KERAVA, Finland — Two private Chinese satellite manufacturers have secured new rounds of funding for respective plans to develop and commercialize products.

GalaxySpace, a Beijing-based communications satellite producer, secured an undisclosed sum of series B round funding, led by JIC Technology Investment. Further investment came from Shunwei Capital, IDG Capital, Legend Capital and Morningside Venture Capital.

The company said in a Sept. 16 press release (Chinese) that it is valued at over $703 million (5 billion yuan) following the latest financing. GalaxySpace, founded in 2016 by Xu Ming, is planning to establish a constellation of low Earth orbit satellites to provide global 5G communications. 

The firm is developing the Galaxy-1 satellite platform, which it describes as a low-cost and high-performance small communication satellite. It will be capable of deorbiting itself near the end of its design lifetime.

Beijing-based MinoSpace, also known as Weina Star Technology Co., Ltd., meanwhile secured series A+ funding from Shenzhen Capital Group, Kexin Capital, Yonghua Capital, CASSTAR and others. The financing was announced Sept. 18 (Chinese).

MinoSpace is a developer and manufacturer of small sats between 10 and 500 kilograms as well as satellite components. 

The payload for the first Chinese private orbital launch attempt was developed by MinoSpace, for China Central Television (CCTV). That October 2018 launch ended in failure due to an issue with the rocket’s third stage. MinoSpace’s ‘Star Age-5’ satellite successfully achieved orbit after launch aboard the maiden flight of a new commercial light launch vehicle in August. 

Proliferation of private space firms

Chinese NewSpace startups have emerged following a late 2014 central government policy shift, opening up the launch and small satellite sectors to private capital.

According to Chinese publication Future Aerospace there were 141 registered commercial aerospace companies in China at the end of 2018. These were spread across launch services, satellite manufacturing and applications, ground stations and other areas.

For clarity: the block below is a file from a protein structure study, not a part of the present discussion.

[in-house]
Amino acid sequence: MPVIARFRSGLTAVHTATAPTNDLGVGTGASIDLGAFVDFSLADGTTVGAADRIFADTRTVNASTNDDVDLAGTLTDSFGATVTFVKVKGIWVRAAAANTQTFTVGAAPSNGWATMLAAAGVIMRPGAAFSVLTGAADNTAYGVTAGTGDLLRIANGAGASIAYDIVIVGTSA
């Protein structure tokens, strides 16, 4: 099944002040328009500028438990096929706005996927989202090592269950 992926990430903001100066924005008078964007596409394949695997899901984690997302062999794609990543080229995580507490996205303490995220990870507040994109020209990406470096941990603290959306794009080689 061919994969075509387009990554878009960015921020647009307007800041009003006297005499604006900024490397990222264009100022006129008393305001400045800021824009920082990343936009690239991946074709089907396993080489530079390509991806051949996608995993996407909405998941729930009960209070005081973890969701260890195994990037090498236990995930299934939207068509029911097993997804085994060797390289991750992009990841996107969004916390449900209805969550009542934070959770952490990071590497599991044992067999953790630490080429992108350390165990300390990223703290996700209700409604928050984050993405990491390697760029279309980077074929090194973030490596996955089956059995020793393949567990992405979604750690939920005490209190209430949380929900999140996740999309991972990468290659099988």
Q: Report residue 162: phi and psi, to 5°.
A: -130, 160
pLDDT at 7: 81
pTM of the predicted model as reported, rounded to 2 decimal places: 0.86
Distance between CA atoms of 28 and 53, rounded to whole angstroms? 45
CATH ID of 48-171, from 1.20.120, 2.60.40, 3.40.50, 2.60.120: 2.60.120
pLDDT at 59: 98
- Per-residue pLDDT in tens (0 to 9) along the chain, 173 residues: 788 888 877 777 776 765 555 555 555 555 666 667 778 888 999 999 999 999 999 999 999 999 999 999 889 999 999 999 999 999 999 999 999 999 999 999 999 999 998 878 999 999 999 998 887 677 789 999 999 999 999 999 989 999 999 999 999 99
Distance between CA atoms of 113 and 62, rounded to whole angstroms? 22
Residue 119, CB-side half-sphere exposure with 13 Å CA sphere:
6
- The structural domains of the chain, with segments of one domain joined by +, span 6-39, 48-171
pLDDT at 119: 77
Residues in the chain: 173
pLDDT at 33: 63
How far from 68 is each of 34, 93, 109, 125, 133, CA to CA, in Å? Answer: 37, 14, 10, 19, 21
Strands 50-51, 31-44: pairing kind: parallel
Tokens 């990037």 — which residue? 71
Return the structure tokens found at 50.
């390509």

The publication recently reported that between 2015 to July 2019 there were at least 161 rounds of investment. The funding came from 218 different companies. Future Aerospace conservatively estimates that total funding has exceeded $1.4 billion across this period.

A number of private companies are planning low Earth orbit constellations of remote sensing or communications satellites. These include Commsat, Linksure, ADA Space, Space OK, Laserfleet, Changguang Satellite Co. Ltd., Zhuhai Orbita, ZeroG Lab and Head Aerospace.

Launch companies, benefiting from a civil-military fusion national strategy allowing the transfer of complex, restricted technologies, have made swift progress in a range of light and medium-lift launch vehicles. 

Firms include Landspace, iSpace—which became the first such entity to achieve orbit in July— OneSpace, Linkspace, Expace, Galactic Energy, Jiuzhou Yunjian and others. They will be vying for contracts mainly from private Chinese satellite manufacturers and operators. 

Support for the sector was bolstered in June with state and military authorities releasing a first set of rules and regulations to guide the development of commercial launch vehicles.

Andrew Jones covers China's space industry for GBTIMES and SpaceNews. He is based in Helsinki, Finland.